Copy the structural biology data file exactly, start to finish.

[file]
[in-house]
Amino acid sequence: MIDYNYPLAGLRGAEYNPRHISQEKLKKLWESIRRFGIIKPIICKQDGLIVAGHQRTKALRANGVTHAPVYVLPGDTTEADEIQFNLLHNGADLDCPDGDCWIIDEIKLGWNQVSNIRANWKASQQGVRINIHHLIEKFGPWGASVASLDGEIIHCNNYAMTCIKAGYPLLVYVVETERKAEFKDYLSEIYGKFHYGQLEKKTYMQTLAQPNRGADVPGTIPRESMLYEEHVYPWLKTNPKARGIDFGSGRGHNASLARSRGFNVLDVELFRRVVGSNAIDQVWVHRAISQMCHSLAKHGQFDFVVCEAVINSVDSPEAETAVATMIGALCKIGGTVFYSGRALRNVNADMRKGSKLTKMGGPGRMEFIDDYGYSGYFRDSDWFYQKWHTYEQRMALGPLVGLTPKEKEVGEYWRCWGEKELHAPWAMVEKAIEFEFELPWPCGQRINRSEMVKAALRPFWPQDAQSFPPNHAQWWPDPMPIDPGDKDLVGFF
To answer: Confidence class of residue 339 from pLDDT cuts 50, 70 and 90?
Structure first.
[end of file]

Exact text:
[in-house]
Amino acid sequence: MIDYNYPLAGLRGAEYNPRHISQEKLKKLWESIRRFGIIKPIICKQDGLIVAGHQRTKALRANGVTHAPVYVLPGDTTEADEIQFNLLHNGADLDCPDGDCWIIDEIKLGWNQVSNIRANWKASQQGVRINIHHLIEKFGPWGASVASLDGEIIHCNNYAMTCIKAGYPLLVYVVETERKAEFKDYLSEIYGKFHYGQLEKKTYMQTLAQPNRGADVPGTIPRESMLYEEHVYPWLKTNPKARGIDFGSGRGHNASLARSRGFNVLDVELFRRVVGSNAIDQVWVHRAISQMCHSLAKHGQFDFVVCEAVINSVDSPEAETAVATMIGALCKIGGTVFYSGRALRNVNADMRKGSKLTKMGGPGRMEFIDDYGYSGYFRDSDWFYQKWHTYEQRMALGPLVGLTPKEKEVGEYWRCWGEKELHAPWAMVEKAIEFEFELPWPCGQRINRSEMVKAALRPFWPQDAQSFPPNHAQWWPDPMPIDPGDKDLVGFF
To answer: Confidence class of residue 339 from pLDDT cuts 50, 70 and 90?
Structure first.